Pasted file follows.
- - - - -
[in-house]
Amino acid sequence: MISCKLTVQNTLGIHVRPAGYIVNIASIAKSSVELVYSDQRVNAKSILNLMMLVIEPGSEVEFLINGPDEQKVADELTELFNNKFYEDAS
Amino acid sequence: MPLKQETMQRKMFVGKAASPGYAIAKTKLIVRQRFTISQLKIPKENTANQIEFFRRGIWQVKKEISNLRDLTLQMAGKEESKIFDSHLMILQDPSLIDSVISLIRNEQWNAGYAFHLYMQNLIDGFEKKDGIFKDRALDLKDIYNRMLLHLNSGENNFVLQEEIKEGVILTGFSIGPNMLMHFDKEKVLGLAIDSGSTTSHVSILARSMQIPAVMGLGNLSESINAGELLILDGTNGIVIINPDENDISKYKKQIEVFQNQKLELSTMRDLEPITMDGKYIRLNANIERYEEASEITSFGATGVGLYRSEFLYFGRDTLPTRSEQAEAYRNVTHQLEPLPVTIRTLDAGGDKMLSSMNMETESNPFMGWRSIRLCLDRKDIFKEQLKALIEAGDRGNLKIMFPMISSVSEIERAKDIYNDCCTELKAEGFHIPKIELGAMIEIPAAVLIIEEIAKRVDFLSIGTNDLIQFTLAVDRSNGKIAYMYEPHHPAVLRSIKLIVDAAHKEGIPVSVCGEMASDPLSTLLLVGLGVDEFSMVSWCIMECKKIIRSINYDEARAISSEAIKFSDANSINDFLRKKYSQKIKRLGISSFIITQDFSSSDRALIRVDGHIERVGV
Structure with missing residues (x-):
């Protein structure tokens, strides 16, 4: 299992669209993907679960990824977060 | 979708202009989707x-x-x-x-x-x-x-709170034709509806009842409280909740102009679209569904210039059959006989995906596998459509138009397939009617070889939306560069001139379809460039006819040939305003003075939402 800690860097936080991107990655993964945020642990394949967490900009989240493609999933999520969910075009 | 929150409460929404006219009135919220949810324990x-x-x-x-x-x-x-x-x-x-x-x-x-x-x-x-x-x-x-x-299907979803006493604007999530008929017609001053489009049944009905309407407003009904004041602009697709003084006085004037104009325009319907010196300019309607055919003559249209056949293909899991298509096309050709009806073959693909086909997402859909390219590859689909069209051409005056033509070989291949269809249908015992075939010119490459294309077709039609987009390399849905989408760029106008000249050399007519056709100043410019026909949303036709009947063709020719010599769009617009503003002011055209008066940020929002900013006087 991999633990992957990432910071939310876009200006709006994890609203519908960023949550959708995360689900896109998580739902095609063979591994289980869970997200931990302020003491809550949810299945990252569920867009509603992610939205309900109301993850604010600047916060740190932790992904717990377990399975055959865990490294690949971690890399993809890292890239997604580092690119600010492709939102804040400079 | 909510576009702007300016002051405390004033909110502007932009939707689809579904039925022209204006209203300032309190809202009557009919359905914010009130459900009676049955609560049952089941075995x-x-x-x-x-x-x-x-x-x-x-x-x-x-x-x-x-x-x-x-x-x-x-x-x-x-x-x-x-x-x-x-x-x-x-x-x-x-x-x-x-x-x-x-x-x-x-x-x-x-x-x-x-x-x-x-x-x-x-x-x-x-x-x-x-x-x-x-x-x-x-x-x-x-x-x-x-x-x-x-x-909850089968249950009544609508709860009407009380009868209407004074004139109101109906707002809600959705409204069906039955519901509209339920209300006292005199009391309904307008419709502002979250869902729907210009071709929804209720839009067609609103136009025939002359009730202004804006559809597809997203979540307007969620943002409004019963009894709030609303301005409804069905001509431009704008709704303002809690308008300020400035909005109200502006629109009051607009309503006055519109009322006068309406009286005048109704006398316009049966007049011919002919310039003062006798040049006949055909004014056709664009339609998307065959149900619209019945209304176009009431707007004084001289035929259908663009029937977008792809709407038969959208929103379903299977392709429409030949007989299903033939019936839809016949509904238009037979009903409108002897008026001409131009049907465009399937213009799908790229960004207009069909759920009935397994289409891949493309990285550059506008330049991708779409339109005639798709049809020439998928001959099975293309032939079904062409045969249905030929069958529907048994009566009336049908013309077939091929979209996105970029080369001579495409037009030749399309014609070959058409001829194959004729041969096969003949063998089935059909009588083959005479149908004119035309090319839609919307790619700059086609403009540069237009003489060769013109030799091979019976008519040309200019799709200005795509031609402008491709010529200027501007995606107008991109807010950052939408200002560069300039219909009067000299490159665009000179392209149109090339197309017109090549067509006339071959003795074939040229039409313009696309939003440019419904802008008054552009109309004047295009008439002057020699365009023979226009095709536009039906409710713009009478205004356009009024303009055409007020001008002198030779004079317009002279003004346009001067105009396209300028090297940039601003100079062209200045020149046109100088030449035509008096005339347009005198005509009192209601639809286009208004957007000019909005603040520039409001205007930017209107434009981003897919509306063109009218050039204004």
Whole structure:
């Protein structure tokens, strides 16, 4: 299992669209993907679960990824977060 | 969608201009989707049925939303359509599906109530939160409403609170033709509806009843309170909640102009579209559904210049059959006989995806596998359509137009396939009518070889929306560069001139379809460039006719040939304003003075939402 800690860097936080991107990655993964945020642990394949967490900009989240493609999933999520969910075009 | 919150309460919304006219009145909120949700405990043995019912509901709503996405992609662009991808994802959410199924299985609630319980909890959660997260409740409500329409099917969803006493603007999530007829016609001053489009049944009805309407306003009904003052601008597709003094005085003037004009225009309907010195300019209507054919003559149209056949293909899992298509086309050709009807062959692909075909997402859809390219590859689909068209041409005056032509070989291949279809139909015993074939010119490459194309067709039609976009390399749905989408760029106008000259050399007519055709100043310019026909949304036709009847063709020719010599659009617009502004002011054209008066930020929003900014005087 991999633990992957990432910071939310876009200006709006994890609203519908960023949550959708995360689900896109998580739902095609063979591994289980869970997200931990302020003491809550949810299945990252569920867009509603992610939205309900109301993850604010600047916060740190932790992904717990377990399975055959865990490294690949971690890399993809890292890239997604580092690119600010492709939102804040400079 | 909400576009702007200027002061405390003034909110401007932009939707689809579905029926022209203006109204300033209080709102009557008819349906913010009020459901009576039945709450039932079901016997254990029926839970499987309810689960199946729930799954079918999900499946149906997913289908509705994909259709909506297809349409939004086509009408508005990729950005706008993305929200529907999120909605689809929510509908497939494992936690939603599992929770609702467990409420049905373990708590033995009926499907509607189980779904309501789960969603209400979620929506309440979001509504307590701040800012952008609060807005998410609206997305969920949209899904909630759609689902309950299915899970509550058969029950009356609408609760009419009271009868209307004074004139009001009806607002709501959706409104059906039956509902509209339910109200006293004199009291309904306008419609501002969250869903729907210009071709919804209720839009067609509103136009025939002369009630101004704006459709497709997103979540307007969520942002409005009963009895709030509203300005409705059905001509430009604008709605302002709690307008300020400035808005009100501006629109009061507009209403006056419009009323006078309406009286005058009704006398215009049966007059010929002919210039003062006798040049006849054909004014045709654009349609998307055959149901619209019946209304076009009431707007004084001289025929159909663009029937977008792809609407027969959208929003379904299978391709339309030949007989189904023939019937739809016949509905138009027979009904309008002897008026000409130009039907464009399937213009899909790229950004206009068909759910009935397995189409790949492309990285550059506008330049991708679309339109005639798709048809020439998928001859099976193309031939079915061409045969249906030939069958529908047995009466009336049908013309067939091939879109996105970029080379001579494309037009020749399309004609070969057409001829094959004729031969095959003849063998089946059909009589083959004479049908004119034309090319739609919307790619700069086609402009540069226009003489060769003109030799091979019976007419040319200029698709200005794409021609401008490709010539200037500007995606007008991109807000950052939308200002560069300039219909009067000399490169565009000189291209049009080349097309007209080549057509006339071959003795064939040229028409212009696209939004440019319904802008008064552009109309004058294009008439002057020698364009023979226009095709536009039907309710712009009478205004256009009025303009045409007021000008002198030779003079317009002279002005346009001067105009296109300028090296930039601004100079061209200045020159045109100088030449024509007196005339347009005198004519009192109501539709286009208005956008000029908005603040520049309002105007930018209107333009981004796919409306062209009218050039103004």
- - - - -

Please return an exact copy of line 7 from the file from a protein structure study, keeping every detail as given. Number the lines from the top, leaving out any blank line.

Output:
């Protein structure tokens, strides 16, 4: 299992669209993907679960990824977060 | 969608201009989707049925939303359509599906109530939160409403609170033709509806009843309170909640102009579209559904210049059959006989995806596998359509137009396939009518070889929306560069001139379809460039006719040939304003003075939402 800690860097936080991107990655993964945020642990394949967490900009989240493609999933999520969910075009 | 919150309460919304006219009145909120949700405990043995019912509901709503996405992609662009991808994802959410199924299985609630319980909890959660997260409740409500329409099917969803006493603007999530007829016609001053489009049944009805309407306003009904003052601008597709003094005085003037004009225009309907010195300019209507054919003559149209056949293909899992298509086309050709009807062959692909075909997402859809390219590859689909068209041409005056032509070989291949279809139909015993074939010119490459194309067709039609976009390399749905989408760029106008000259050399007519055709100043310019026909949304036709009847063709020719010599659009617009502004002011054209008066930020929003900014005087 991999633990992957990432910071939310876009200006709006994890609203519908960023949550959708995360689900896109998580739902095609063979591994289980869970997200931990302020003491809550949810299945990252569920867009509603992610939205309900109301993850604010600047916060740190932790992904717990377990399975055959865990490294690949971690890399993809890292890239997604580092690119600010492709939102804040400079 | 909400576009702007200027002061405390003034909110401007932009939707689809579905029926022209203006109204300033209080709102009557008819349906913010009020459901009576039945709450039932079901016997254990029926839970499987309810689960199946729930799954079918999900499946149906997913289908509705994909259709909506297809349409939004086509009408508005990729950005706008993305929200529907999120909605689809929510509908497939494992936690939603599992929770609702467990409420049905373990708590033995009926499907509607189980779904309501789960969603209400979620929506309440979001509504307590701040800012952008609060807005998410609206997305969920949209899904909630759609689902309950299915899970509550058969029950009356609408609760009419009271009868209307004074004139009001009806607002709501959706409104059906039956509902509209339910109200006293004199009291309904306008419609501002969250869903729907210009071709919804209720839009067609509103136009025939002369009630101004704006459709497709997103979540307007969520942002409005009963009895709030509203300005409705059905001509430009604008709605302002709690307008300020400035808005009100501006629109009061507009209403006056419009009323006078309406009286005058009704006398215009049966007059010929002919210039003062006798040049006849054909004014045709654009349609998307055959149901619209019946209304076009009431707007004084001289025929159909663009029937977008792809609407027969959208929003379904299978391709339309030949007989189904023939019937739809016949509905138009027979009904309008002897008026000409130009039907464009399937213009899909790229950004206009068909759910009935397995189409790949492309990285550059506008330049991708679309339109005639798709048809020439998928001859099976193309031939079915061409045969249906030939069958529908047995009466009336049908013309067939091939879109996105970029080379001579494309037009020749399309004609070969057409001829094959004729031969095959003849063998089946059909009589083959004479049908004119034309090319739609919307790619700069086609402009540069226009003489060769003109030799091979019976007419040319200029698709200005794409021609401008490709010539200037500007995606007008991109807000950052939308200002560069300039219909009067000399490169565009000189291209049009080349097309007209080549057509006339071959003795064939040229028409212009696209939004440019319904802008008064552009109309004058294009008439002057020698364009023979226009095709536009039907309710712009009478205004256009009025303009045409007021000008002198030779003079317009002279002005346009001067105009296109300028090296930039601004100079061209200045020159045109100088030449024509007196005339347009005198004519009192109501539709286009208005956008000029908005603040520049309002105007930018209107333009981004796919409306062209009218050039103004």